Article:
Told the club wanted him playing regularly and not sitting on a Major League bench, Loney saw good friend Matt Kemp make the Opening Day roster as an extra outfielder, even though Kemp hit 111 points less than Loney in Spring Training.
The reasoning now seems clear: Manager Grady Little is more likely to play Kemp in one of the corner outfield spots manned by left-handed hitters Luis Gonzalez and Andre Ethier than he was to play Loney over a healthy Garciaparra, a five-time All-Star.
Urbon said the club's response to Loney's comments was "diplomatic." Urbon also said Loney understands the club can afford to keep him on ice as insurance for Garciaparra, who has an extensive injury history.
"On that point, no one can fault them. They are the envy of every organization to have that luxury," said Urbon. "But don't say to the player you can't sit on the bench after signing a guy ahead of you for two years. It's hard to accept."
Perhaps harder is accept is why the Dodgers did not trade Loney after re-signing Garciaparra, creating the likelihood of an unhappy young player blocked from advancing despite exceptional performance.
"They've got one of the best young players," said Urbon. "Go out and get what you need if you won't let him play."
The Dodgers re-signed Garciaparra less than two weeks after being blindsided by the departure of J.D. Drew. At the time, the only proven Major League hitters in the projected lineup were Jeff Kent and Rafael Furcal.
Furcal update: Shortstop Rafael Furcal tested his healing ankle in the indoor batting cage for the first time, but Little again offered no timetable on the shortstop's return. He is eligible to be activated off the disabled list Saturday, although that still looks very unlikely. Furcal hasn't taken batting practice, fielding practice or run.
"He was swinging the bat good with very little irritation, but he's yet to run and when he runs we'll be able to get a good read on when he's able to play," said Little.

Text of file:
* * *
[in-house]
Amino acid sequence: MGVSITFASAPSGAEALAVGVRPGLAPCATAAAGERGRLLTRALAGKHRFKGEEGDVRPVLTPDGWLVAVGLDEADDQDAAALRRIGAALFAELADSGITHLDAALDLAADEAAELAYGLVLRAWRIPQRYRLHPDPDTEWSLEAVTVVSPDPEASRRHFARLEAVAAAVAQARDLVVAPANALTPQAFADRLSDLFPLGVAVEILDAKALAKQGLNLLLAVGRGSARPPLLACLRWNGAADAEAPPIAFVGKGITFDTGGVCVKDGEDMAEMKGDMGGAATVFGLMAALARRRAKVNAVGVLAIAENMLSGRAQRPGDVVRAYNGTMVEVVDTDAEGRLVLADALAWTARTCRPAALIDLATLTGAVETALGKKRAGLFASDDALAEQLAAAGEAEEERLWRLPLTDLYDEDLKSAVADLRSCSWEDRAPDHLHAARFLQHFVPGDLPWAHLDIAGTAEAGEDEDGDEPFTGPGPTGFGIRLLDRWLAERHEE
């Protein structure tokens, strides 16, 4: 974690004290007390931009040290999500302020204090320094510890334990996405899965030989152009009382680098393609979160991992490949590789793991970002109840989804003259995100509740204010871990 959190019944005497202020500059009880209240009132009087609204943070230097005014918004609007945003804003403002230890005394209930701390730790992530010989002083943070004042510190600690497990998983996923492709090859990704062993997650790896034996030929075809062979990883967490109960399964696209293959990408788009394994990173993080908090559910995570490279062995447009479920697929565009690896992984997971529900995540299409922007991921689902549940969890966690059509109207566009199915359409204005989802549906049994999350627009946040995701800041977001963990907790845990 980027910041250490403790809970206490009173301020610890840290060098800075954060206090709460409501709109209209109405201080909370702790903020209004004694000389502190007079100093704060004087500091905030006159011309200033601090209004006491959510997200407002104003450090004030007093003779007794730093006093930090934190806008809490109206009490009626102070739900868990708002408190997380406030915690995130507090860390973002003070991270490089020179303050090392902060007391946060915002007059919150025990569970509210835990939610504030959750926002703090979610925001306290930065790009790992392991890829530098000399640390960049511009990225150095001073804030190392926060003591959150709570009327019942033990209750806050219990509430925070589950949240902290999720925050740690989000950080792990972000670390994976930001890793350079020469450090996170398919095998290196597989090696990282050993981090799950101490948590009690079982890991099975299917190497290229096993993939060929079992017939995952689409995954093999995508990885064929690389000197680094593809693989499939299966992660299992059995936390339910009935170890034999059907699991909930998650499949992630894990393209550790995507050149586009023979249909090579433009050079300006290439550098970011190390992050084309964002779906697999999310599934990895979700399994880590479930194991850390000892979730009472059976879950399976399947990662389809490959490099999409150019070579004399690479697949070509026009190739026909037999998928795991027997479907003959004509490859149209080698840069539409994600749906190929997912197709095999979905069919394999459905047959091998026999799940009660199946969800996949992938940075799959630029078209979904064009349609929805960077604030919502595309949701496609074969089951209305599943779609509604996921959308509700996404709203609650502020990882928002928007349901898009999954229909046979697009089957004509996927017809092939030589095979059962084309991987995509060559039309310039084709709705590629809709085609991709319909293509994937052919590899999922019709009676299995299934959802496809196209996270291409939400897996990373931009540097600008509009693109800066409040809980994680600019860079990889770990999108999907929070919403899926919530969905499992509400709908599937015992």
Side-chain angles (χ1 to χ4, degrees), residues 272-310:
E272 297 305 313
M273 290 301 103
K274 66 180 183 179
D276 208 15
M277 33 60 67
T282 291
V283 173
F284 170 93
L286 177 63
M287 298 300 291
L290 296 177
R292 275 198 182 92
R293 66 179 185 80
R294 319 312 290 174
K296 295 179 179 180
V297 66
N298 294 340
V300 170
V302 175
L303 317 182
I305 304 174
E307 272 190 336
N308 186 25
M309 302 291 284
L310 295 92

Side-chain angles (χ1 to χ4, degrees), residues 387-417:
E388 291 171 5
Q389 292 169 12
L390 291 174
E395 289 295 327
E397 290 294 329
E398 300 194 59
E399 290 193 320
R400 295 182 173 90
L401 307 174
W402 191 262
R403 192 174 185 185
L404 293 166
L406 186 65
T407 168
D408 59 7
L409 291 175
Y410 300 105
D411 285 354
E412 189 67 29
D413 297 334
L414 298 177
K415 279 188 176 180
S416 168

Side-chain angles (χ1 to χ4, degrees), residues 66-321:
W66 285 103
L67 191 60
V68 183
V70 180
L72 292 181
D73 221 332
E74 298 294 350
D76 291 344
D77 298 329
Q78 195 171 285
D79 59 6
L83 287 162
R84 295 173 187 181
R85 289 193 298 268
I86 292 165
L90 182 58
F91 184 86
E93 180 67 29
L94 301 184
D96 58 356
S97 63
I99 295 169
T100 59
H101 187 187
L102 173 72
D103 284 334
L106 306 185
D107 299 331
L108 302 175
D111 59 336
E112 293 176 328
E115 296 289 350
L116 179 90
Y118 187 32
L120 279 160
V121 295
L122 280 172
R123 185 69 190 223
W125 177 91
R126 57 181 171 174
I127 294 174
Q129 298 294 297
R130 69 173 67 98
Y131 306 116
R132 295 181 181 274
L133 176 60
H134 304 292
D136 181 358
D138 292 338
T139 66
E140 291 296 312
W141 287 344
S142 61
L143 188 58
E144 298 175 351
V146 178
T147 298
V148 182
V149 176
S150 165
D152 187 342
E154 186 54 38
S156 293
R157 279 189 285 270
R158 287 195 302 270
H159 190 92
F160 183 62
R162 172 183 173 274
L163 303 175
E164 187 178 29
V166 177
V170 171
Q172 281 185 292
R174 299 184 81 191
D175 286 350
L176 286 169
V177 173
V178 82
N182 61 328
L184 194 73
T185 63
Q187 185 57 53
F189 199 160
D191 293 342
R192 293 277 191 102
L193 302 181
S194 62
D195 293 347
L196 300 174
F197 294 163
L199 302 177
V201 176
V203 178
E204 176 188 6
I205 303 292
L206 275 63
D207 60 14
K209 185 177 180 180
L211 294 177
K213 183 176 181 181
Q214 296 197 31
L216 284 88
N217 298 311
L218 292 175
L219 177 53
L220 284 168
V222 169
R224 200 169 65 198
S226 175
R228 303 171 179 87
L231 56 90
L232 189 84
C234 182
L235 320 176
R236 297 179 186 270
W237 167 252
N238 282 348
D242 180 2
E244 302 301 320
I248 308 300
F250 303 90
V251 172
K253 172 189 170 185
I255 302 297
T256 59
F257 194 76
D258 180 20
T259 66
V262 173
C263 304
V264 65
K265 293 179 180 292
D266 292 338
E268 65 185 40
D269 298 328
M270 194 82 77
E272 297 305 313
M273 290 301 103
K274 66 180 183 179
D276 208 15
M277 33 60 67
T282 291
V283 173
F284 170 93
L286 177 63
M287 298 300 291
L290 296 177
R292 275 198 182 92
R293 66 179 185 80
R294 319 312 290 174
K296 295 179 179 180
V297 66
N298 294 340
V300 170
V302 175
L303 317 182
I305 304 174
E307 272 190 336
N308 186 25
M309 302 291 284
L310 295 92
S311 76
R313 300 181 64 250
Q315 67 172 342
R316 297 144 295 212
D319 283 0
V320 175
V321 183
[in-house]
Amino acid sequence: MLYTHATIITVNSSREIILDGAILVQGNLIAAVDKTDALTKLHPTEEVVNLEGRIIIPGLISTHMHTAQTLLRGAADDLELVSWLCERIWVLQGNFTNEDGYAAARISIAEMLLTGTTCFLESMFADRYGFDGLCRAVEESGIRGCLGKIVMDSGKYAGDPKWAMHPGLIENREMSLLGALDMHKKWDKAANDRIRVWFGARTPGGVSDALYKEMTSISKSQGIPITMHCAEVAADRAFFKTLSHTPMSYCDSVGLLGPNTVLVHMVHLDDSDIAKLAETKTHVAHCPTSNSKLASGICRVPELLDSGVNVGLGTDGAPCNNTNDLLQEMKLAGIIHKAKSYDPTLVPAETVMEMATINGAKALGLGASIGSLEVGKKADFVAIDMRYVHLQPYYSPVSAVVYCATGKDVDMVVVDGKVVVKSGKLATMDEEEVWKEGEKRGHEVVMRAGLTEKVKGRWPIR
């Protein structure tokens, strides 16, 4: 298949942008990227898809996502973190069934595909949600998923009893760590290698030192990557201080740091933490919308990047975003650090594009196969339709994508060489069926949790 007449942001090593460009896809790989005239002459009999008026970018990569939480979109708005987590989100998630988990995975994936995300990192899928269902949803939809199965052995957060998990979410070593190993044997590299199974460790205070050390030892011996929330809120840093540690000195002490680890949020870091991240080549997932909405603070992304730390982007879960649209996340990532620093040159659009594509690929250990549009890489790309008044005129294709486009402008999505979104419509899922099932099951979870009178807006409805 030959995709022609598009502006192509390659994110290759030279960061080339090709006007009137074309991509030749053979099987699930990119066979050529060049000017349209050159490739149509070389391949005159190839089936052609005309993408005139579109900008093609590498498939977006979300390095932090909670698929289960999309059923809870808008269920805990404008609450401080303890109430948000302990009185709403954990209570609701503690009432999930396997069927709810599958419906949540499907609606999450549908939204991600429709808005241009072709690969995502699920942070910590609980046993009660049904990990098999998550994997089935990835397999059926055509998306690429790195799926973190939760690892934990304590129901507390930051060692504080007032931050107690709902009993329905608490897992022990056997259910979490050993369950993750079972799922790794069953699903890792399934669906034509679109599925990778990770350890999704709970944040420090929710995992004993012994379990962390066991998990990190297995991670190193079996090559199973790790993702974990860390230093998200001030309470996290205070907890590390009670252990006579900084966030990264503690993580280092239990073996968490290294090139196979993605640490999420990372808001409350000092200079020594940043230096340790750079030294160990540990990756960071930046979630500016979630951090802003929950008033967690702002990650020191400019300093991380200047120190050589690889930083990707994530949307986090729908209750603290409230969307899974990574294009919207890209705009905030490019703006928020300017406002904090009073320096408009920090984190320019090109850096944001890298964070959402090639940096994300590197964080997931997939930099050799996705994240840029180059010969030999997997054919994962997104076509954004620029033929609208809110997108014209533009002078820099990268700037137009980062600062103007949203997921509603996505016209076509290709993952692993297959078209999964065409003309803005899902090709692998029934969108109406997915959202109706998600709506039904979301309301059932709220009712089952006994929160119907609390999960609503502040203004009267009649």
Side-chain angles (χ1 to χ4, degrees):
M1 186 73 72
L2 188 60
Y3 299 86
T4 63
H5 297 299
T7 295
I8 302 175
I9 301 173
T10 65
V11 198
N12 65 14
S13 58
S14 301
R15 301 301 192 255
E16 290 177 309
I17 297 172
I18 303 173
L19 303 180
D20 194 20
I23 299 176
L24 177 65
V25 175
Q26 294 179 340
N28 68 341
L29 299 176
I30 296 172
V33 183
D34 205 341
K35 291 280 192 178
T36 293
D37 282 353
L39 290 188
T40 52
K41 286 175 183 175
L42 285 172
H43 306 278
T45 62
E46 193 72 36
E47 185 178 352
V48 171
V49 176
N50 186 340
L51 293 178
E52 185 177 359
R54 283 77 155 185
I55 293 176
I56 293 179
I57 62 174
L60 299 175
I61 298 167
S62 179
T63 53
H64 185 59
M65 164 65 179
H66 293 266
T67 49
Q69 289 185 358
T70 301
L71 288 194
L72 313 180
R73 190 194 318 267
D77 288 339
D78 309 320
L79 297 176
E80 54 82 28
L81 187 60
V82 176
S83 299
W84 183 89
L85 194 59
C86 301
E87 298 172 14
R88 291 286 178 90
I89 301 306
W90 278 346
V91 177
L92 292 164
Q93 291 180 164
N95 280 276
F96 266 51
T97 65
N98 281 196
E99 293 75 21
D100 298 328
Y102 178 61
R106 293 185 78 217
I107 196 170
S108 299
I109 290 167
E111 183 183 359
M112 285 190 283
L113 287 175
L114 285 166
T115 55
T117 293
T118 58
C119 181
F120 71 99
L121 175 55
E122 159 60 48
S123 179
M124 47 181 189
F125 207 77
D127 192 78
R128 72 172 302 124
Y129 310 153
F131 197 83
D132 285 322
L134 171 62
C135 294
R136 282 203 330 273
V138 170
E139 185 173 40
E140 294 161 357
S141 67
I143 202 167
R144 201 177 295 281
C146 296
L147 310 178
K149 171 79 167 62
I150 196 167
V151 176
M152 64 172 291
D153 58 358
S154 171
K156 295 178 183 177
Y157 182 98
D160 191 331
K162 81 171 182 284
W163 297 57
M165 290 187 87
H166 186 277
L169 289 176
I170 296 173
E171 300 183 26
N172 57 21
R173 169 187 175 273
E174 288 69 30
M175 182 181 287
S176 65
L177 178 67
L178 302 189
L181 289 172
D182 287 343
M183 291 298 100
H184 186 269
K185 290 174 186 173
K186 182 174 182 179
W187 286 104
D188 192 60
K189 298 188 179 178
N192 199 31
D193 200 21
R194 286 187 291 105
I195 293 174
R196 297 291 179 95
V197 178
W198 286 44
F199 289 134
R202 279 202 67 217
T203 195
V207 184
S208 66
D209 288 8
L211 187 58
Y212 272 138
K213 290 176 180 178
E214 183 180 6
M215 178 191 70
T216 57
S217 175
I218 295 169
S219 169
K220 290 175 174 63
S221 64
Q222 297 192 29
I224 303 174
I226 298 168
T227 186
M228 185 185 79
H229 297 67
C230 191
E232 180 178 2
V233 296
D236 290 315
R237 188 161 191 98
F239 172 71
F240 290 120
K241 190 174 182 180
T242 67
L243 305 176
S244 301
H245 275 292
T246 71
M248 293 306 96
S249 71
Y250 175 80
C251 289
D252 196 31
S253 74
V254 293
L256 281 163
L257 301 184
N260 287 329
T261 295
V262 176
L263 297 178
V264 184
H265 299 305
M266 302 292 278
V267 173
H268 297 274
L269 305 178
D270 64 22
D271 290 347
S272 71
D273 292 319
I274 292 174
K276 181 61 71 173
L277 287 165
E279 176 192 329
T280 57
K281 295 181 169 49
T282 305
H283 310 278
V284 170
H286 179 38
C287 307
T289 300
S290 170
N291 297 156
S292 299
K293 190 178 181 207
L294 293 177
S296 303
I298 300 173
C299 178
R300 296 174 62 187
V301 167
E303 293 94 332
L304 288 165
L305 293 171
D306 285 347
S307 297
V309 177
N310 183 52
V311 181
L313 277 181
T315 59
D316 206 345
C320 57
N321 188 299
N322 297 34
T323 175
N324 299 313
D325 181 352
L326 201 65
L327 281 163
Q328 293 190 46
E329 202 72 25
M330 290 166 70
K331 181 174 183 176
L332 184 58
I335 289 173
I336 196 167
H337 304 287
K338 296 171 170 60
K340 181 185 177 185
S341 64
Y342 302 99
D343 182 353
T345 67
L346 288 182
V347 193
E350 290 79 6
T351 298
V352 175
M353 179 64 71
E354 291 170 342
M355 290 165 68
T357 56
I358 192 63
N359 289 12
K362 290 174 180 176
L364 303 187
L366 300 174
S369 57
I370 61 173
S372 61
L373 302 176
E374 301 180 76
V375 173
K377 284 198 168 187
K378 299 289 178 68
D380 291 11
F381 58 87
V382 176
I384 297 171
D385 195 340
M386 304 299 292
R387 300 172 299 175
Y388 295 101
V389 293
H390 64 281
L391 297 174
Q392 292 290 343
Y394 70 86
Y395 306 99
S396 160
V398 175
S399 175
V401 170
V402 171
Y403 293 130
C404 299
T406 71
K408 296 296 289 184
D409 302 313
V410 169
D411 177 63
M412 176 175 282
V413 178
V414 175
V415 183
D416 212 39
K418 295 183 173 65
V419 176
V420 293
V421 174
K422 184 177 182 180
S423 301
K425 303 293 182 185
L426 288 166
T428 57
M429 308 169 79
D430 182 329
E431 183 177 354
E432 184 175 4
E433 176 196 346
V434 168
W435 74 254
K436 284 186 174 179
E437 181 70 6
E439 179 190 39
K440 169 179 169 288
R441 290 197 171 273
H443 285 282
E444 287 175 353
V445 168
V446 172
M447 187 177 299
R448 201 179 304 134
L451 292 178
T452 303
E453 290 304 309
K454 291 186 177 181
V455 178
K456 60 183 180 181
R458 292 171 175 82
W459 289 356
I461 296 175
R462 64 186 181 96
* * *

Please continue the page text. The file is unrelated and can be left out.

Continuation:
Martin's power: As a rookie last year, catcher Russell Martin hit 10 home runs in 415 at-bats, and he's never hit more than 15 in five professional seasons.
But he already has one in two games and it went to center field Tuesday night, getting out in a hurry with a seemingly effortless swing.
How many does Martin think he can hit in a season?
"I hit 20 in 35 games in Little League," he said with a smile. "I've never considered myself a power guy. I don't think about a number and try to achieve it. I just hit the best I can and whatever it adds up to is what I get."
Martin said he believes he'll be a more comfortable hitter this year because of his familiarity with pitchers the second year around.
"Now I know how they approach me," he said. "In the Minor Leagues, every year you see a whole new stock of pitchers. I had already faced [Chris] Capuano six times. I had an idea on him and it helped me a lot."
Opening Day parking: Opening Day at Dodger Stadium is sold out, and the parking lot will sell out as well. In order to accommodate as many fans as possible, the Dodgers are offering fans that carpool (at least four fans per automobile) a free ticket for each passenger to a future game if they arrive at Dodger Stadium at 9:30 a.m. and park in Lot 15. This offer is limited to the first 600 automobiles. Lot 15 is a special access parking lot that is only utilized during sold-out games. Fans will need to enter via the Academy Gate between 9:30 am and 10:15 am. In addition to the free ticket for a future game, fans who carpool and park in Lot 15 will have early access to Opening Day batting practice via the Left-Field Pavilion. You must have tickets to Opening Day in order to participate in this special offer. Additionally, the lots on Stadium Way near the LAFD Training Facility will cost just $5.